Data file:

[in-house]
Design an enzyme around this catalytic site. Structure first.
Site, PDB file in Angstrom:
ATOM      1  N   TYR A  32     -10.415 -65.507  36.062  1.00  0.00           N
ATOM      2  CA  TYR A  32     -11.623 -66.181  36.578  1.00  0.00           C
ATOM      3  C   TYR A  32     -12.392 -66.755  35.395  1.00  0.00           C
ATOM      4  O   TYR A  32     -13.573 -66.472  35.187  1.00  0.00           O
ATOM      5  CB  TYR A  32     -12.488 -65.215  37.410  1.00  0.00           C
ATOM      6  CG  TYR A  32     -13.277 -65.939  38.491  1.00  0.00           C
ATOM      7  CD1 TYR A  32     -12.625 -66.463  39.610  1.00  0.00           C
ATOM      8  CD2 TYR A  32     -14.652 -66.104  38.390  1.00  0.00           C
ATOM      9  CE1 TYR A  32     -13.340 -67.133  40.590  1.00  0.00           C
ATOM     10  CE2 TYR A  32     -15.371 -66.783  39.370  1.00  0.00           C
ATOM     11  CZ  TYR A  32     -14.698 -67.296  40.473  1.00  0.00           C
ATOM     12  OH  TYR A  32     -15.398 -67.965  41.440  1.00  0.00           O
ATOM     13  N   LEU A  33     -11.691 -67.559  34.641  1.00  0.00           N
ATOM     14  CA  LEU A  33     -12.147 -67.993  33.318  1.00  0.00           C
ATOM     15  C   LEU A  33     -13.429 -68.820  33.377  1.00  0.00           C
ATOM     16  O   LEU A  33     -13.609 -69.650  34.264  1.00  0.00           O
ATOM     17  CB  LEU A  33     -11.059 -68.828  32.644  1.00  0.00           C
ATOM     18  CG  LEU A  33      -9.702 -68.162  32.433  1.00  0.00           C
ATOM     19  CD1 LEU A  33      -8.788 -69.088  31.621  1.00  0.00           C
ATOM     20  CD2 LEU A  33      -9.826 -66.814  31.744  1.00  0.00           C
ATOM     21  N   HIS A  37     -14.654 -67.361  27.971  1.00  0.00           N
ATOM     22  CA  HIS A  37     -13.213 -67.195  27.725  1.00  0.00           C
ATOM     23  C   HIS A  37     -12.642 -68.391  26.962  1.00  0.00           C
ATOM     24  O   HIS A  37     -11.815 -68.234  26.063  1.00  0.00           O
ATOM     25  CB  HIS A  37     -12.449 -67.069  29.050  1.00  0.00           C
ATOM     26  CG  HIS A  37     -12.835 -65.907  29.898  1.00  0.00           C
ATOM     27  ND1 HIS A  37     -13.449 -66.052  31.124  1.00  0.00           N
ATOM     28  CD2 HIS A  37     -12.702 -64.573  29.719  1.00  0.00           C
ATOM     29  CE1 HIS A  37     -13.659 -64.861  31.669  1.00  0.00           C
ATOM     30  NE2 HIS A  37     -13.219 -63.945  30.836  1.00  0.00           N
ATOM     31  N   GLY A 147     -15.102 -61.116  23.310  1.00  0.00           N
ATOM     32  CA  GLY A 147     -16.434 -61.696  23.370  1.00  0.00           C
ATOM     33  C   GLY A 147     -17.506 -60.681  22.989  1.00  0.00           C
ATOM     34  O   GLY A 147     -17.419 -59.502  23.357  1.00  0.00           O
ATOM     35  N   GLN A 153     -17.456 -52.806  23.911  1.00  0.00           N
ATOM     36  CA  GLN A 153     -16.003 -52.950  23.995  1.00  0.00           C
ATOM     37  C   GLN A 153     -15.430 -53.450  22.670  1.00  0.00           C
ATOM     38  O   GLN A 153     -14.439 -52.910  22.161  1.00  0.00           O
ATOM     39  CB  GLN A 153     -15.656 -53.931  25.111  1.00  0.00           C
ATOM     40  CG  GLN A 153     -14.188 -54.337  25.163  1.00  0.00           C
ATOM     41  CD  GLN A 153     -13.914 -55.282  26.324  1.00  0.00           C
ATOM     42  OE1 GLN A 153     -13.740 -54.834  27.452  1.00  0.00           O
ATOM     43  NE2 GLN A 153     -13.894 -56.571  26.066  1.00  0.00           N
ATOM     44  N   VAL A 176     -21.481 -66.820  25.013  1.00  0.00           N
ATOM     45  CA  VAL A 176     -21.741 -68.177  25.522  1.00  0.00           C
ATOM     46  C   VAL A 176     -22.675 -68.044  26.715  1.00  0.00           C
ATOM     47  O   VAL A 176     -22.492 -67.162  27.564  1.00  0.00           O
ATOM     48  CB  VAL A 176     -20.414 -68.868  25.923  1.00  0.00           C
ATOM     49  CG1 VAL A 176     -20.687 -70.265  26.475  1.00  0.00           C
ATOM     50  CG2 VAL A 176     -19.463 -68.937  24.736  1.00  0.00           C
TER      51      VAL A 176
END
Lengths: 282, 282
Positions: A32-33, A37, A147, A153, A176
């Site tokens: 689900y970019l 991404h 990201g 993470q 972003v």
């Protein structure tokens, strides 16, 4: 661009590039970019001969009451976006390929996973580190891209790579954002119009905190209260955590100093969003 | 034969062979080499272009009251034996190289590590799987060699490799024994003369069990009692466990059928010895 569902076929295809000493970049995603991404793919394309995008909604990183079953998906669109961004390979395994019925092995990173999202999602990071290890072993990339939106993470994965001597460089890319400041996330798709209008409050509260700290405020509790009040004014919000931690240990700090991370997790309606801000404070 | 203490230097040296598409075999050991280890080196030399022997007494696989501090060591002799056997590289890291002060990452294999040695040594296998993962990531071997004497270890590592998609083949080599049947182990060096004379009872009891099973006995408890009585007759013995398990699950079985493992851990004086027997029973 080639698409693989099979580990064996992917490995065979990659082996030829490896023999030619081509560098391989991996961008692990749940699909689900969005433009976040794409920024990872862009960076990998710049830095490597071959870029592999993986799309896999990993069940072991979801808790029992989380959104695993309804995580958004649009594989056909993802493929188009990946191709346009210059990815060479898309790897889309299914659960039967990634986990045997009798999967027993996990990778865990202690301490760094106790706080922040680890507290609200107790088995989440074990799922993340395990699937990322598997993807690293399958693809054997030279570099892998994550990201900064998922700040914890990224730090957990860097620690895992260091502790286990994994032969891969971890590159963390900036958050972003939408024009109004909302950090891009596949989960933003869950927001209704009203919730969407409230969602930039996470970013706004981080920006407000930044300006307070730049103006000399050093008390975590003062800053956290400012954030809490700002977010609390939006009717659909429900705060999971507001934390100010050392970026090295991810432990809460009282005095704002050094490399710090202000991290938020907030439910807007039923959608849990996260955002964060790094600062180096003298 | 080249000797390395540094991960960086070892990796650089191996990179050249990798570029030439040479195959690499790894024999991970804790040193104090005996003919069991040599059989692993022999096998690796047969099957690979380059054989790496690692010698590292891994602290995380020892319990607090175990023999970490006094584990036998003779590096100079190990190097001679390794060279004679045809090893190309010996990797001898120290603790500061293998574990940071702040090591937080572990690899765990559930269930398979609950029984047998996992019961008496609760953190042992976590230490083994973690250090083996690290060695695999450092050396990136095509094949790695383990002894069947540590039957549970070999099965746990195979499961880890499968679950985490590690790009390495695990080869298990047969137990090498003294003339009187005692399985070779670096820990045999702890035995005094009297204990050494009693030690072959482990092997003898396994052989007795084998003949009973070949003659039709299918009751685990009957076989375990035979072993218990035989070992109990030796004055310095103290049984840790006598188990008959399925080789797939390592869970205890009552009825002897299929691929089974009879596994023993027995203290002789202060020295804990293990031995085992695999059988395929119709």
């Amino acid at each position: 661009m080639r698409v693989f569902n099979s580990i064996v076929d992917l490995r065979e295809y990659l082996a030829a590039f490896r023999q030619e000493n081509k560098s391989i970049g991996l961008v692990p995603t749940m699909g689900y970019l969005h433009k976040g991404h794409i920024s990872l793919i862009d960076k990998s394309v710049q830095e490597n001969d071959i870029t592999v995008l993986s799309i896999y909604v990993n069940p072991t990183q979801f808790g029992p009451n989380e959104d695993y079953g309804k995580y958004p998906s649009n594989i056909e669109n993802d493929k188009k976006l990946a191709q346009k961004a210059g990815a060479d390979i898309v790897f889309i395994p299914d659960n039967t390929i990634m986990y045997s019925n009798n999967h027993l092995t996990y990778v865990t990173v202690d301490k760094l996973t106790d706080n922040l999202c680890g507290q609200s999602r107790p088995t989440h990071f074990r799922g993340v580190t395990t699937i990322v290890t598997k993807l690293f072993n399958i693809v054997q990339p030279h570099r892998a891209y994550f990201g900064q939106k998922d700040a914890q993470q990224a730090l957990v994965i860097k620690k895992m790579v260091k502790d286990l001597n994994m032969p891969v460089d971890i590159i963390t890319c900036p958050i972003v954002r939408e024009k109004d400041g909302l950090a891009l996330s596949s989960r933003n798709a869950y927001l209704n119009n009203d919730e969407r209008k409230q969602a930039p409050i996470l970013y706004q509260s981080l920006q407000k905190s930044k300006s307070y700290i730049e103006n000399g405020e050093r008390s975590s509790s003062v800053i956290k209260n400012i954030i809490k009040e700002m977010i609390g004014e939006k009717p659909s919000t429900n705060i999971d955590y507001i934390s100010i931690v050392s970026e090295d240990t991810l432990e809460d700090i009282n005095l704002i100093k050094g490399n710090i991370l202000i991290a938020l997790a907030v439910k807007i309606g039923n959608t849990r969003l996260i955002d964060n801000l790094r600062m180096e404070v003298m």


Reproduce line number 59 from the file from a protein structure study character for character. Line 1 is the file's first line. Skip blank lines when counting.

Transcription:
């Protein structure tokens, strides 16, 4: 661009590039970019001969009451976006390929996973580190891209790579954002119009905190209260955590100093969003 | 034969062979080499272009009251034996190289590590799987060699490799024994003369069990009692466990059928010895 569902076929295809000493970049995603991404793919394309995008909604990183079953998906669109961004390979395994019925092995990173999202999602990071290890072993990339939106993470994965001597460089890319400041996330798709209008409050509260700290405020509790009040004014919000931690240990700090991370997790309606801000404070 | 203490230097040296598409075999050991280890080196030399022997007494696989501090060591002799056997590289890291002060990452294999040695040594296998993962990531071997004497270890590592998609083949080599049947182990060096004379009872009891099973006995408890009585007759013995398990699950079985493992851990004086027997029973 080639698409693989099979580990064996992917490995065979990659082996030829490896023999030619081509560098391989991996961008692990749940699909689900969005433009976040794409920024990872862009960076990998710049830095490597071959870029592999993986799309896999990993069940072991979801808790029992989380959104695993309804995580958004649009594989056909993802493929188009990946191709346009210059990815060479898309790897889309299914659960039967990634986990045997009798999967027993996990990778865990202690301490760094106790706080922040680890507290609200107790088995989440074990799922993340395990699937990322598997993807690293399958693809054997030279570099892998994550990201900064998922700040914890990224730090957990860097620690895992260091502790286990994994032969891969971890590159963390900036958050972003939408024009109004909302950090891009596949989960933003869950927001209704009203919730969407409230969602930039996470970013706004981080920006407000930044300006307070730049103006000399050093008390975590003062800053956290400012954030809490700002977010609390939006009717659909429900705060999971507001934390100010050392970026090295991810432990809460009282005095704002050094490399710090202000991290938020907030439910807007039923959608849990996260955002964060790094600062180096003298 | 080249000797390395540094991960960086070892990796650089191996990179050249990798570029030439040479195959690499790894024999991970804790040193104090005996003919069991040599059989692993022999096998690796047969099957690979380059054989790496690692010698590292891994602290995380020892319990607090175990023999970490006094584990036998003779590096100079190990190097001679390794060279004679045809090893190309010996990797001898120290603790500061293998574990940071702040090591937080572990690899765990559930269930398979609950029984047998996992019961008496609760953190042992976590230490083994973690250090083996690290060695695999450092050396990136095509094949790695383990002894069947540590039957549970070999099965746990195979499961880890499968679950985490590690790009390495695990080869298990047969137990090498003294003339009187005692399985070779670096820990045999702890035995005094009297204990050494009693030690072959482990092997003898396994052989007795084998003949009973070949003659039709299918009751685990009957076989375990035979072993218990035989070992109990030796004055310095103290049984840790006598188990008959399925080789797939390592869970205890009552009825002897299929691929089974009879596994023993027995203290002789202060020295804990293990031995085992695999059988395929119709």